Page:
This year, one of the coolest things I’ve added to my life this year is the mental collaboration with a good friend of mine, Andrew. Aside from the onslaught of daily emails we send one another, we have been having weekly phone calls to discuss the implications of, “What it means to live a valued life?”
This question alone has taken us from subjects like the danger of unmitigated input from social media, the overarching benefits of independent thought, “neuro-bunk” (TED talk video below) and how science is misused by marketers to sell snake oil, the definition of “do no harm”, the consequences of beauty, fashion, and celebrity culture, and most importantly… the elusive experience of reality.
There is a quote I read recently that seems to underlie a lot of interesting theories and conversations Andrew and I have had this year.
“Men believe a thing when they behave as though it were true.”
I am pretty sure the quote came from the Eleanor Roosevelt book I recently finished, “You Learn By Living” ; I’ve been reading with a voracious appetite recently so I might be wrong about the source, but either way, its a book worth reading.
The concept this quote slaps me with is the hypocrisy around and within us (myself included). We say one thing, post an image quote on our Facebook wall, Re-Tweet it, get a tattoo of it, and whisper it aloud before we drift to sleep. Surely this outword promotion of positive ideas validates our desire to be better people, but does it move us further away from realizing it?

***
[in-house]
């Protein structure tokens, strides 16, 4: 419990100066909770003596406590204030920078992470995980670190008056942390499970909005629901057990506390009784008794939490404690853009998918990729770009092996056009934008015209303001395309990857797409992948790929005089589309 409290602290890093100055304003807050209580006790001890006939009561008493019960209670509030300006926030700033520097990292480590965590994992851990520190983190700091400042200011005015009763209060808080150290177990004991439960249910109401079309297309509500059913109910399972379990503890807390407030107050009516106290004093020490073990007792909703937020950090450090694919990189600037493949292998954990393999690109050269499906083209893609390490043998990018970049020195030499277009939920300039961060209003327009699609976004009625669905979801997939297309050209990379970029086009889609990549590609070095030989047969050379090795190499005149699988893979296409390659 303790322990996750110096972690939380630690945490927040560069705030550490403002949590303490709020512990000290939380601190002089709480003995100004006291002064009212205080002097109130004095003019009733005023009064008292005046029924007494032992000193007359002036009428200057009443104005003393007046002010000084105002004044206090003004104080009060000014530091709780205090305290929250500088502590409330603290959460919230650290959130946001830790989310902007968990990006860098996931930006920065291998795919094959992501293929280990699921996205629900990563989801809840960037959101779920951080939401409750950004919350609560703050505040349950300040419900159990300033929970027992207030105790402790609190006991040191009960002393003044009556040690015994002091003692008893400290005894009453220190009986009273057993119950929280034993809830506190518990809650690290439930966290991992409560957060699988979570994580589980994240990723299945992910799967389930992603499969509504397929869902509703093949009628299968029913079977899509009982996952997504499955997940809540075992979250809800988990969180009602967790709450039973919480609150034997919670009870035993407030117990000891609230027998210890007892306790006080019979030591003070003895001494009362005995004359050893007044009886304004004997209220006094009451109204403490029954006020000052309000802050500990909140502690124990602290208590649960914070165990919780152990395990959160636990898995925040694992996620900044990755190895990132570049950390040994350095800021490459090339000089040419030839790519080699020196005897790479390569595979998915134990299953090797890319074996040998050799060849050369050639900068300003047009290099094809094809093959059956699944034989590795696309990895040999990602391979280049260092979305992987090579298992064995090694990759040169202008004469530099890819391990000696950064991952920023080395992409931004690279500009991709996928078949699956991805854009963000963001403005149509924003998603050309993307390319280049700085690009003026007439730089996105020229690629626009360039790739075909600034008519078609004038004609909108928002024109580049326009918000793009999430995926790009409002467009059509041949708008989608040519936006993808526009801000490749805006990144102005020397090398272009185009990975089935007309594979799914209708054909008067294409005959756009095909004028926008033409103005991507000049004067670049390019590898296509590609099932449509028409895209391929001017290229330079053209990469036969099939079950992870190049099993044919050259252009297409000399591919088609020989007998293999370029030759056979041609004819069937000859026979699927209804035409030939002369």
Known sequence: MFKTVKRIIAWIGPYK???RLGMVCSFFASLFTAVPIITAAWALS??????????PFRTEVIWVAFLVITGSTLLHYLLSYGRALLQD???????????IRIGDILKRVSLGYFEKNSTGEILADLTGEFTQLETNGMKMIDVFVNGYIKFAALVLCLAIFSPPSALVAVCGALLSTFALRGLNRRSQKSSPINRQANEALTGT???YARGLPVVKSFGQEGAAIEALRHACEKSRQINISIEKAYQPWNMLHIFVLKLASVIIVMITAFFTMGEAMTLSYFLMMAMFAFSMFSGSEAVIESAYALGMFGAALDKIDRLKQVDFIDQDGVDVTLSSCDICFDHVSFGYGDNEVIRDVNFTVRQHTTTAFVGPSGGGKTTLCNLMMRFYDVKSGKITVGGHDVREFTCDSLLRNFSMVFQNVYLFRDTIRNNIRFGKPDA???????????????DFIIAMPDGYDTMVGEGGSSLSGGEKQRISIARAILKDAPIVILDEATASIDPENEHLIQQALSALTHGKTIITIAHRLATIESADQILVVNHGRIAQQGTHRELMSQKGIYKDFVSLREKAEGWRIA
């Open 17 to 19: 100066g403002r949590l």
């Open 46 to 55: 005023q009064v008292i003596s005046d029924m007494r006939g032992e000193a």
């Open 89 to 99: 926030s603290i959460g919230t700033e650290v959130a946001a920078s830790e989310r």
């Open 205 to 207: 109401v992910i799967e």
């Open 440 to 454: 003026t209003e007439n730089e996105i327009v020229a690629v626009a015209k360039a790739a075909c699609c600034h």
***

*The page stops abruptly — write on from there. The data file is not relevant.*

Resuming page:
When the sun rises we step into the world and face difficult decisions at every turn that challenge our core beliefs and the platitudes we use as crutches. We becomes slaves to emotions we refuse to explore, that cause us pain, yet we continue to move forward stride by stride with the drum beating chant of the positivity and self-help soliders that have infected all aspects of our culture. But when the glow of positive thinking dims, we don’t have to look too far into the past to see how the reality of our lives, more often than not, does not match the quotes we associate with.
It is this gap between reality and perception that we all must be aware of. Because the hope that underlies these platitudes is definitely a good thing, but when we use them as substitutes for legitimate action, this is where the ball of yarn begins to unravel. This social pseudo action relieves us of the ugliness that comes with facing reality. And its the car wreck of reality that stands in the way of us becoming better people and accepting the disparity between our lives and our Instagram philosophies.
If your actions aren’t matching your outward rhetoric then eventually something is going to give. Because this chasm between who we want to be and who we actually are gets further and further away from us the more we turn our back to it.
Make no mistake, reality will be as painful as you think (if not worse) when you stare it in the face, but that’s where all our answers are. Nobody ever said life was easy. It’s surely an incredible adventure if you step into it… but easy, it is not. Think about it.
Here’s a cool video from Molly Crockett, whom I might very well be in lust with, called Beware Neuro-Bunk. This is an excellent message, and the massive problem Molly addresses is a disease that has infected nearly every aspect of the diet, fitness, and health industry. And we all believe the “neuro-bunk” of marketers that appeal to our insecurities because usually we don’t want to face the reality which would, in the end, provide us with all the solutions we’d need.
If you can think of any realities that you have been avoiding, I’d love to hear about them and what sort of changes you plan to make.